Remarks by
The Honourable Janice Filmon, C.M., O.M.
Lieutenant Governor of Manitoba

Room 200 Legislative Building
Monday, April 10, 2017 – 12:00 p.m.

Fellow Canadians and friends of Canada, protectors of our country, keepers of memory and history – it is an honour to welcome you to this commemoration of the one hundredth anniversary of the Battle of Vimy Ridge.

We are gathered here on Treaty One territory, on the traditional lands of the Anishinaabe and the homeland of the Métis people.

And we are gathered to recall an event that brought together Canadians from all parts of our country to fight for a small piece of land thousands of miles from their homes.

From April 9th to 12th, 1917, for the first time, all four Canadian divisions in the First World War fought together under Canadian command.

The victory they achieved at Vimy Ridge did not end that long and terrible war – another 18 months of fighting were still to come and Canada would play a key role in many of the battles ahead.

But the victory at Vimy Ridge did come to represent the spirit of an independent and united Canadian nation.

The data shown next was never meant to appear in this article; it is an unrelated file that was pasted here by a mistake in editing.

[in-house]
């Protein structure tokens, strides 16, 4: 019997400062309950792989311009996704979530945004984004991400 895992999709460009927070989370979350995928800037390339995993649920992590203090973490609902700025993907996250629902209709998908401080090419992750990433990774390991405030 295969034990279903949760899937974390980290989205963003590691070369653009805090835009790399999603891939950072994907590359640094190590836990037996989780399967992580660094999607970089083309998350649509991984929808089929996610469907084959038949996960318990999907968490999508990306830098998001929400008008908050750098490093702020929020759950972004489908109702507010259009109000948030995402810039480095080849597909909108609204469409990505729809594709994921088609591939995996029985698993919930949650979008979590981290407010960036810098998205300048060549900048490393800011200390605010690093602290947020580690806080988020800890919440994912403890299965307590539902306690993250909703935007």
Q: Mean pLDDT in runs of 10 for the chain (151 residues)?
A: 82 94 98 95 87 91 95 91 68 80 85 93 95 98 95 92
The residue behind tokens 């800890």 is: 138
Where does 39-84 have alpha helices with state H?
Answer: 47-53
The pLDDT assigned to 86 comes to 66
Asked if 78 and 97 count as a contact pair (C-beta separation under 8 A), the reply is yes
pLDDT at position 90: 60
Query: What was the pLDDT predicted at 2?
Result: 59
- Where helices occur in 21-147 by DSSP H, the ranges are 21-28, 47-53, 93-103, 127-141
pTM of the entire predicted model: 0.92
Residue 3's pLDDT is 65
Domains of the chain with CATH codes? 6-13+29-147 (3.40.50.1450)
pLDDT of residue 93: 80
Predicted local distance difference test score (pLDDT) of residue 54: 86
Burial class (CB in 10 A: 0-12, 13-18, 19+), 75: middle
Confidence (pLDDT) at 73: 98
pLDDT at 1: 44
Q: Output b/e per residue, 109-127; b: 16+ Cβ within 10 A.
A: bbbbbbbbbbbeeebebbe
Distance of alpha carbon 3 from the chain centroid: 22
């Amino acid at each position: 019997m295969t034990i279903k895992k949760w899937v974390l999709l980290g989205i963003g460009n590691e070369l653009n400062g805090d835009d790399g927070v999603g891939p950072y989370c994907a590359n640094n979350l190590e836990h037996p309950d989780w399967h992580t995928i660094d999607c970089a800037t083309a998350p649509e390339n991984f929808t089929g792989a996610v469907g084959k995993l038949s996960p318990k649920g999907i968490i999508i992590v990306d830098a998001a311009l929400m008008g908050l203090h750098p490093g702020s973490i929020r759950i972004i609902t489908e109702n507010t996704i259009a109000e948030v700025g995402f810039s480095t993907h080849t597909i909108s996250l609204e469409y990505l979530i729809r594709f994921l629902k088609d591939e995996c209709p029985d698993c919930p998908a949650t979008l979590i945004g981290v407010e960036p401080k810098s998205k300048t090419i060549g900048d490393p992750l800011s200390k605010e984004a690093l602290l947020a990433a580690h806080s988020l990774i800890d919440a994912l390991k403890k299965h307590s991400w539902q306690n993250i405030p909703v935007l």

Under the most terrible conditions imaginable, Canadians developed innovative tactics and strategies and achieved success on the battlefield – not as disparate elements of the British Empire’s Expeditionary Force but as Canadians.

For generations after, their sacrifice and success have represented the coming of age of our nation.

In a year when we celebrate 150 years since Confederation, the centennial of Vimy Ridge provides us with an opportunity to reflect on the sacrifices that have been made to build and defend our country.

Over the last century, the clay of Vimy Ridge has become part of the cement that holds together a vast and diverse nation of 35 million.

And today we promise that for as long as the sun rises and sets on Manitoba’s lakes and forest we will remember those Canadians who advanced through that clay a century ago.

Thank you. Merci. Meegwich.